On Thursday evening, Russian President Vladimir Putin was seen in a video declaring peace in Ukraine. However, there was no reason to rejoice, as the video wasn’t real.
The only telltale signs were that the voice didn’t sound like Putin’s and lip movements were slightly out of sync with the speech.
It was a “deepfake” – a sophisticated, manipulated video that literally put words in the Russian leader’s mouth.
“The President of the Russian Federation announced the surrender of Russia. Russian soldier, drop your weapons and go home while you’re alive!,” the “fake” Putin proclaimed in a video that was shared on Twitter.
Президент РФ обьявил о капитуляции россии. Русский солдат, бросай оружие и иди домой, пока жив! pic.twitter.com/5wWC3UlpYr
— Serhii Sternenko (@sternenko) March 16, 2022
Another video, also not real yet not as convincing, appeared to show Ukraine’ss President Volodymr Zelenskyy appearing behind a podium, urging his citizens to put down their weapons. The manipulation of the video was easier to spot, Zelenskyy’s head was too large but also more pixilated than his body.
Yet, there is the danger that this technology will make it increasingly difficult to know what is real and what isn’t.
“The Zelensky deep fake is just the beginning of the disinformation wars to come,” explained technology industry analyst Roger Entner of Recon Analytics.
“All sides will try to create confusion, doubt, and havoc through messages that come from someone else,” Entner told 19FortyFive.
The term deepfake was first coined in 2017 by an anonymous Reddit user who shared a manipulated video of an ex-girlfriend, but in recent years, deepfake videos have increased greatly in sophistication and remain fairly easy to create. A concern has been the potential harm these manipulated videos, which use artificial intelligence (AI) to alter the visuals, can pose to one’s reputation. In 2018, a doctored video was posted online of House Speaker Nancy Pelosi in which she was slurring her words and appeared inebriated.
The technology essentially grew out of the same video editing tools that can convincingly “de-age” an actor in a Hollywood movie, but its accessibility to the general public has allowed it to be used in far more nefarious ways. Social media also allowed for these doctored videos to readily “go viral” and spread to users around the globe.
The technology makes it hard to trust your eyes.
“It doesn’t matter if it is heads of state like in this case or some high-tech criminal impersonating you when you go through voice authenticated customer service at your bank,” added Entner.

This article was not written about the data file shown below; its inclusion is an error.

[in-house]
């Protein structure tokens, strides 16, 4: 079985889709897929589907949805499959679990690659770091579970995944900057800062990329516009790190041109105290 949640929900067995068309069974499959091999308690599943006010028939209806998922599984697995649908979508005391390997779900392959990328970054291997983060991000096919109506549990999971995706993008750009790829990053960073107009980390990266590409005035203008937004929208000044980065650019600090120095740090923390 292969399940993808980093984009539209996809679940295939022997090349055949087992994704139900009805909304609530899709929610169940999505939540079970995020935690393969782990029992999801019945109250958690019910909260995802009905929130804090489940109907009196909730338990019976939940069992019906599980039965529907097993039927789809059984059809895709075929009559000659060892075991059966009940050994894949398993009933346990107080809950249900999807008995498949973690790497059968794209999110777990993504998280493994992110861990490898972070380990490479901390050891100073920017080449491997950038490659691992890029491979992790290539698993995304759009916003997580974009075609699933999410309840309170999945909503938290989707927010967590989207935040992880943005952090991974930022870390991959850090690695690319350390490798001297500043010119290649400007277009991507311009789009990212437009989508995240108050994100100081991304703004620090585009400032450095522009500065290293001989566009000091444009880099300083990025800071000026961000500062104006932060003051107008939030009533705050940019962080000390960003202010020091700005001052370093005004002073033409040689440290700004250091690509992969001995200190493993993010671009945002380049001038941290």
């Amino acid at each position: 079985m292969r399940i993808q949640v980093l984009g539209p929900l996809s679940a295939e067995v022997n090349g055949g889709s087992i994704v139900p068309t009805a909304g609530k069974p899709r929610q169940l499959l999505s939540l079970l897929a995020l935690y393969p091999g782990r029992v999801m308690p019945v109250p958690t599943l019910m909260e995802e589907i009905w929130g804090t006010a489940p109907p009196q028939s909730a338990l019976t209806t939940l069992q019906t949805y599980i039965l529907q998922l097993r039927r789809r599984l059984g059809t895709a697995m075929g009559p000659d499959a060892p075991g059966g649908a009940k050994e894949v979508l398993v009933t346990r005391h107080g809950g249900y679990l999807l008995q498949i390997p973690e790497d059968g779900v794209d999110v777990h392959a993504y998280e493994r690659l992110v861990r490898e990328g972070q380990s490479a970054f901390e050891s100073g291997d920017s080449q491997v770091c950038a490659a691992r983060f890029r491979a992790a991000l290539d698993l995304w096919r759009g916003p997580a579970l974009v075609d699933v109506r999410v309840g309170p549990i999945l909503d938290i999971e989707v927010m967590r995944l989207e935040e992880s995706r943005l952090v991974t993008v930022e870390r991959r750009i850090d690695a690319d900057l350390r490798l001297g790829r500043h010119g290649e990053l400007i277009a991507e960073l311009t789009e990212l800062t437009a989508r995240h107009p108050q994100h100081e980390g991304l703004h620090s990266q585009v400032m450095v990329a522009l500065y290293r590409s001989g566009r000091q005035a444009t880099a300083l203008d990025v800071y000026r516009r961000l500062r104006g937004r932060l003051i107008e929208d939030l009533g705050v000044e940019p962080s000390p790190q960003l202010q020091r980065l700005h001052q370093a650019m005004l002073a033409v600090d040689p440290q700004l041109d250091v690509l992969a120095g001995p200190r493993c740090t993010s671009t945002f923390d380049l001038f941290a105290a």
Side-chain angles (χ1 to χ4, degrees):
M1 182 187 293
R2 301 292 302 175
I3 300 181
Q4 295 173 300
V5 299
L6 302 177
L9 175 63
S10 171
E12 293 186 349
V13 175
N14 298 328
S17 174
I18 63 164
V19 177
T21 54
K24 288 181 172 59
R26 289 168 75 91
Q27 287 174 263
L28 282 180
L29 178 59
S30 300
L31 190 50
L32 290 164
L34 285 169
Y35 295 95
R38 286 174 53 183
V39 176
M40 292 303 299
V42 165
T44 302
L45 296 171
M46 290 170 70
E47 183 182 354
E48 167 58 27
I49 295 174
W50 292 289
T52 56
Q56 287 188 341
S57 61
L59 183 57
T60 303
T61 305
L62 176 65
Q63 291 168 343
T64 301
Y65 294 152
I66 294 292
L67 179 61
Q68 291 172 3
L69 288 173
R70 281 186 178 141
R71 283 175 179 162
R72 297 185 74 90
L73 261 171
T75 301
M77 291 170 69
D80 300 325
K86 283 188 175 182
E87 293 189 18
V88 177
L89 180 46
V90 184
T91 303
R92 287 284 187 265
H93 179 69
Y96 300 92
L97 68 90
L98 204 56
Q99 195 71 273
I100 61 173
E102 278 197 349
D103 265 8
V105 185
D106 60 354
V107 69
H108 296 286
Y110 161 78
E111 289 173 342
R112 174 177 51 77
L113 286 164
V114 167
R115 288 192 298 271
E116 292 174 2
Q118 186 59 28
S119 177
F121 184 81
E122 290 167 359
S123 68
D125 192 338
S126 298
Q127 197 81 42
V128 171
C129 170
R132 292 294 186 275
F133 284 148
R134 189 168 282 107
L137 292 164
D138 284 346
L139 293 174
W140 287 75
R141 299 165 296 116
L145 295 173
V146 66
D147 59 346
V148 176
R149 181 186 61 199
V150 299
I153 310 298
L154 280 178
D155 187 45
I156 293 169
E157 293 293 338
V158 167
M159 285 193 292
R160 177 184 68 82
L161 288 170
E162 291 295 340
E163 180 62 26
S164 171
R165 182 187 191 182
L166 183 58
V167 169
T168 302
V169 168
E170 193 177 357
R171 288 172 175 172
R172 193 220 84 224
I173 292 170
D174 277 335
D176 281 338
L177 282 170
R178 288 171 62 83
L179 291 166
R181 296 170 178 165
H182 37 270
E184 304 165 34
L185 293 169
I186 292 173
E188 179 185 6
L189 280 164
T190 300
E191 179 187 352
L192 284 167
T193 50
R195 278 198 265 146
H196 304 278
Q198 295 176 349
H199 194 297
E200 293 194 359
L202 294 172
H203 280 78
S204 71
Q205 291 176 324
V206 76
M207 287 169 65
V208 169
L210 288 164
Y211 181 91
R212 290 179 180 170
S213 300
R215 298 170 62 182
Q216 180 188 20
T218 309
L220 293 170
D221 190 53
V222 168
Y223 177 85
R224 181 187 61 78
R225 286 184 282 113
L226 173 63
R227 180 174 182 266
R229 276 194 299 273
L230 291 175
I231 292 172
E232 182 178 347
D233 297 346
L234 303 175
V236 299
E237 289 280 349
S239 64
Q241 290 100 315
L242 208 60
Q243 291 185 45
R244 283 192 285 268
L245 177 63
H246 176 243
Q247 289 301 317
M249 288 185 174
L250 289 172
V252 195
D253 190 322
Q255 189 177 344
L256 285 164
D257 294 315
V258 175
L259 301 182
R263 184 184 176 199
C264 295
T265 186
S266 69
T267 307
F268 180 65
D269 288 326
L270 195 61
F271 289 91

Ukraine War: Part of a Wider Disinformation Campaign
Deepfakes are just part of a wider misinformation/disinformation campaign being employed by both Moscow and Kyiv, but also by third parties.
Such clever editing of photos and videos has existed as long as there have been photos and videos. The ability to manipulate photos has existed practically since the medium was created – and one of the earliest examples was of the Union Army’s General Ulysses S. Grant sitting atop a horse. That photo was an early “mash-up” that incorporated Grant’s head, the body of another general on a horse, and a Confederate POW camp in the background. The goal was to make the general seem more heroic.
During the Second World War, British filmmakers edited footage of German dictator Adolf Hitler following the French surrender in June 1940 to make him appear almost foolish. In the unedited footage, Hitler could be seen raising his right knee and then emphasizing the step downwards, like a stomp – but the footage was looped and repeated so he looked like he had danced a “ celebratory jig.”
Technology, including Photoshop, has made it increasingly easier to manipulate photos, while deepfakes can now alter videos in a way that was once only possible in Hollywood.
What is also worrisome is that Zelenskyy and Putin – like most world leaders – appear on video almost daily. That provides plenty of footage to manipulate, and that makes it harder for experts to determine and prove it wasn’t real. Reuters was able to determine that the footage used to create the manipulated Putin video was taken from an earlier address he had given on Feb. 21.
Such due diligence may be increasingly necessary.
“The more data on someone out there is easier it gets to impersonate them,” warned Entner. “Like with everything, technology gets increasingly easier to use.”
Now a Senior Editor for 1945, Peter Suciu is a Michigan-based writer who has contributed to more than four dozen magazines, newspapers and websites. He regularly writes about military hardware, and is the author of several books on military headgear including A Gallery of Military Headdress, which is available on Amazon.com. Peter is also a Contributing Writer for Forbes.